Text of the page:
I expect Panesar to still be in the XI for the return series in May, but it may be wise for England to give a game to one of the younger candidates instead. None of Simon Kerrigan, Scott Borthwick or Ben Stokes impressed on the recent Lions tour of Australia (though to be fair, no one did), but they will have each had a handful of County Championship matches to try to make a case ahead of the first Test as well. If England want to give someone a taste of international experience then one of the early season Tests when everyone is thinking about the Ashes is a decent time for it. I would probably still have Panesar as Swann’s backup in the Ashes (unless he bowls very poorly in New Zealand) simply due to his experience, but it won’t be long until neither he nor Swann are available and England should take this as a reminder to start choosing a replacement and getting him ready now.

Lancs’ winter so far

Obviously the winter is just getting started; the County Championship ‘only’ ended about a month ago. But there have still been some moves of note from Lancashire, albeit few of them really done by the club.

The first is that Ajmal Shahzad did not stay with the club and instead went to Nottinghamshire. This is not a surprise, but it is a disappointment as it only adds to Lancashire’s need for bowling in depth. Sajid Mahmood was also released so Lancashire will need to either try to bring in a bowler (which will be difficult being in Division Two) or rely on someone like Oliver Newby, who had an excellent 2012 season with the second XI, to step up and be the full time third seamer. I would imagine that it will be the latter due to both the practical considerations of luring a bowler to a D2 side and the opportunity to see how someone like Newby gets on in the easier environment of the second tier.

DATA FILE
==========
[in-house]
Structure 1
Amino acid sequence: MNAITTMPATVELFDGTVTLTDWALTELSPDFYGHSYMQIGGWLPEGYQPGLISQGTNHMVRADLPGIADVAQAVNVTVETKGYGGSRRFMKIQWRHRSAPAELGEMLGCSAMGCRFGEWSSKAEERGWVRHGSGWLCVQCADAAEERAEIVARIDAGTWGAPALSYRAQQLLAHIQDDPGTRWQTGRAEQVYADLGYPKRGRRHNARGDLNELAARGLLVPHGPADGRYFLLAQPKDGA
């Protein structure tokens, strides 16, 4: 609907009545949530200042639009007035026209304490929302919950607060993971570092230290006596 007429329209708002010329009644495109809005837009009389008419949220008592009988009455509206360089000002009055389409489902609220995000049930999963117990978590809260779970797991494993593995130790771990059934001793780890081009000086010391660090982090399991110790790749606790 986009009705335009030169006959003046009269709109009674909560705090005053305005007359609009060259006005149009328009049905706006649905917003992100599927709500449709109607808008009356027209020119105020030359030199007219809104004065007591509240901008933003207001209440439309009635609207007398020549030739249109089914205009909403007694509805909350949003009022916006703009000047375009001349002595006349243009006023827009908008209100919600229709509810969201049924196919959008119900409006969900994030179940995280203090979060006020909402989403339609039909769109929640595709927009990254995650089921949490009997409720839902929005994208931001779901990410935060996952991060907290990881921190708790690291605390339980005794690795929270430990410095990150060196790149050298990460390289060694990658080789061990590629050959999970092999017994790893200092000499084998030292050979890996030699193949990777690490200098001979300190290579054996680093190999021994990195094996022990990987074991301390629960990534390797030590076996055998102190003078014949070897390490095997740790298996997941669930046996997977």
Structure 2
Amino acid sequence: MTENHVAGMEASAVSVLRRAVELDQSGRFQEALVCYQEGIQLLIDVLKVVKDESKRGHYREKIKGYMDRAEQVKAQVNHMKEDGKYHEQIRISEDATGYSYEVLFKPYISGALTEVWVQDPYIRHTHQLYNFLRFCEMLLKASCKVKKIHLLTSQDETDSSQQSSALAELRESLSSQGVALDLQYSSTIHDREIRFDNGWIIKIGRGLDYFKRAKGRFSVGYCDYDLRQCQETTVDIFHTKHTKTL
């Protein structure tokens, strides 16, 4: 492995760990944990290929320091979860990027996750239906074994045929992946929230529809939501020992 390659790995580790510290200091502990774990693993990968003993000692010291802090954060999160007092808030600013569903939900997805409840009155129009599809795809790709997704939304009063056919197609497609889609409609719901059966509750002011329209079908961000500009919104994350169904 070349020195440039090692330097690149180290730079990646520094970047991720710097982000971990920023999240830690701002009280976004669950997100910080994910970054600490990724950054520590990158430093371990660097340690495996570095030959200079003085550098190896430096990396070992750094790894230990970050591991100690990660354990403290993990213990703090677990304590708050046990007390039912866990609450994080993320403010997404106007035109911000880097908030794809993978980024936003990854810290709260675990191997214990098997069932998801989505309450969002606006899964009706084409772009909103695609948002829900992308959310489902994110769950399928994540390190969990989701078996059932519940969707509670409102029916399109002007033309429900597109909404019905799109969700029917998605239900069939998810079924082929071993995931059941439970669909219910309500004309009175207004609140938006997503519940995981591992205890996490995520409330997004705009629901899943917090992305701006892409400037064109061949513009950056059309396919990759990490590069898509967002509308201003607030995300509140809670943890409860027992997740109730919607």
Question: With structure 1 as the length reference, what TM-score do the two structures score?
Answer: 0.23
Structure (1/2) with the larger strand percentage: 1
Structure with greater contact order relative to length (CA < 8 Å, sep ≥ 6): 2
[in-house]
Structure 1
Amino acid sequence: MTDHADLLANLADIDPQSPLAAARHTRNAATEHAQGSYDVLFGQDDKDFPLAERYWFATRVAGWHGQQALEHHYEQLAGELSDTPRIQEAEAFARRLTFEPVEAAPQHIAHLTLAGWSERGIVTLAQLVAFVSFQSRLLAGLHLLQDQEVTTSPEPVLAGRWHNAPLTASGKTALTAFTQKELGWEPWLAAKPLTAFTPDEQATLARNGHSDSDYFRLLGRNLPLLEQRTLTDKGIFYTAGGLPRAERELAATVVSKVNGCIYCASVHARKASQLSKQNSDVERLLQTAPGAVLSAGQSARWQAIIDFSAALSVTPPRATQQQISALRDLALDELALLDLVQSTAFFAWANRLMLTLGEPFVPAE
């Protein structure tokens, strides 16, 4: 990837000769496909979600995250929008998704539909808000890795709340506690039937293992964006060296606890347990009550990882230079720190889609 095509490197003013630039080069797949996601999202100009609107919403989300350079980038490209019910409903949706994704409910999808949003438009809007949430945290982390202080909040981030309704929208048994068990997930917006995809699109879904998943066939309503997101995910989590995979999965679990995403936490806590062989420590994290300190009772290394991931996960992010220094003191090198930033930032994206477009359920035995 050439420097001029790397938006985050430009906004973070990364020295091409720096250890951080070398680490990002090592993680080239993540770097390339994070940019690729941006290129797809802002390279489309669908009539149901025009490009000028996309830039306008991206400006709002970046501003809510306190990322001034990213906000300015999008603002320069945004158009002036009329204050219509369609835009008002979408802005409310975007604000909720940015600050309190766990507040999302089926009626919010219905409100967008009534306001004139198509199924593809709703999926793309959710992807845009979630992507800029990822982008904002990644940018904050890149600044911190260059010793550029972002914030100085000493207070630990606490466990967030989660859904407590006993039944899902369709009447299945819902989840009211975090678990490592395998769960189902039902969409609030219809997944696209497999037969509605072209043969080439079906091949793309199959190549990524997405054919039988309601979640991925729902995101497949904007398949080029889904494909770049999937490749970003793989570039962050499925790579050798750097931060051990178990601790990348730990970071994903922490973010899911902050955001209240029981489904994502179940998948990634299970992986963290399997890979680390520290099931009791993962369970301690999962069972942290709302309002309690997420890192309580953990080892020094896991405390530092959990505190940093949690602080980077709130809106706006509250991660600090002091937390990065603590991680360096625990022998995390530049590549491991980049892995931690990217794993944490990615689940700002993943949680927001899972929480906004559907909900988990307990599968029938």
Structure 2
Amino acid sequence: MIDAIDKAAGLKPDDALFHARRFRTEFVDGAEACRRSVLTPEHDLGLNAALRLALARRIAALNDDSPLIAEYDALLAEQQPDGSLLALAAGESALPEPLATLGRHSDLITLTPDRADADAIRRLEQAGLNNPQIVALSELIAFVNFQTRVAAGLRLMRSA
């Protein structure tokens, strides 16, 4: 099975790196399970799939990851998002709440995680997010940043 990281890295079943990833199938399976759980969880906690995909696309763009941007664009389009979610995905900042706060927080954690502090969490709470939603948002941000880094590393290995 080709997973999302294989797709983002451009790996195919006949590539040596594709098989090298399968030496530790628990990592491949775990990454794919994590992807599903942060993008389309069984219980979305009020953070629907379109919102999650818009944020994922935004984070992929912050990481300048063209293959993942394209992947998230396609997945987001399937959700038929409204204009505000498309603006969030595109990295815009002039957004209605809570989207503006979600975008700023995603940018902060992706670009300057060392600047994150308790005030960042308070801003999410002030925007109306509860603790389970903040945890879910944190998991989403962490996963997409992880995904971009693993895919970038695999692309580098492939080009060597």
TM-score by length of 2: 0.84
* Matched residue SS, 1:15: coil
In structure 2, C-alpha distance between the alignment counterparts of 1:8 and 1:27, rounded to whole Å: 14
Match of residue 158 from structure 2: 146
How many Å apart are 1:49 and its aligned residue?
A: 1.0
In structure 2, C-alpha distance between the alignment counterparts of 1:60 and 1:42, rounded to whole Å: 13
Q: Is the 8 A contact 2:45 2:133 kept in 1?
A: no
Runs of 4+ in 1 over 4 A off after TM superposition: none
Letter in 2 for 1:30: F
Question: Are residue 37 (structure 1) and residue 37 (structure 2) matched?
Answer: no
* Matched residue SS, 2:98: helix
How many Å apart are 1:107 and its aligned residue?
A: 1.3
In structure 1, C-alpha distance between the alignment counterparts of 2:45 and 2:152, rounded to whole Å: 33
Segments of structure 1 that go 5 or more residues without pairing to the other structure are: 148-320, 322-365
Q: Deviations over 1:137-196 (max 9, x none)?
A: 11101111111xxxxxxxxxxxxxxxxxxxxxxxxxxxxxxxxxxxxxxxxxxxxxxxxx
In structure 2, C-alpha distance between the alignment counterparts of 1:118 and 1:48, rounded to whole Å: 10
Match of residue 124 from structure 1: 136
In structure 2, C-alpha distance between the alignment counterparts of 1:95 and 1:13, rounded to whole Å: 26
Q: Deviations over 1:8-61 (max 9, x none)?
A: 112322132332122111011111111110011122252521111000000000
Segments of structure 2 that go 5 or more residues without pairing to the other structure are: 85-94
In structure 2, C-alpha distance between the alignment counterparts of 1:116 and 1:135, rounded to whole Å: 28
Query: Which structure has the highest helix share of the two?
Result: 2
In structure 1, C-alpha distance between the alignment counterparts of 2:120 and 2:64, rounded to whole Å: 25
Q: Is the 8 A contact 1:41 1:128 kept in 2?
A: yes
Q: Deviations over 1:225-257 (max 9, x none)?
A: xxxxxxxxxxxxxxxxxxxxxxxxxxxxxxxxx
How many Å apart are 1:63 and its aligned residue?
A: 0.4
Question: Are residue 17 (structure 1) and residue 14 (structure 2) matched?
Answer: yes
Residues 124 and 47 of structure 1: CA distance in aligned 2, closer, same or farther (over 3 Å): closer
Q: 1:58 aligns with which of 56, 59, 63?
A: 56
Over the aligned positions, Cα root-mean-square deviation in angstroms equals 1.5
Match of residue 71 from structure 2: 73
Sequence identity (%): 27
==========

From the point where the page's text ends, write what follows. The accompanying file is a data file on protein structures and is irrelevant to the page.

Gary Keedy also left the club, going to Surrey. Whilst it is sad to see such a long time servant of the club go, it is certainly the best move for Keedy and probably the best move for Lancashire as well. Keedy did not get a lot of playing time this season because of the emergence of Simon Kerrigan and the scarcity of wickets on which two spinners could be played. It is likely that the same situation would have arisen again next year so it is hard to blame Keedy for wanting to leave. He will be missed, especially with regard to the tutelage he could give to Kerrigan, but with Stephen Parry also having a good season for the seconds it is at least not a major blow.

The good news, however, is that Glen Chapple will stay on as captain for another year. His ability to lead from the front has been invaluable and he was the only bowler to consistently perform last season. His steady hand at the tiller will give Lancashire a huge leg up on promotion next season.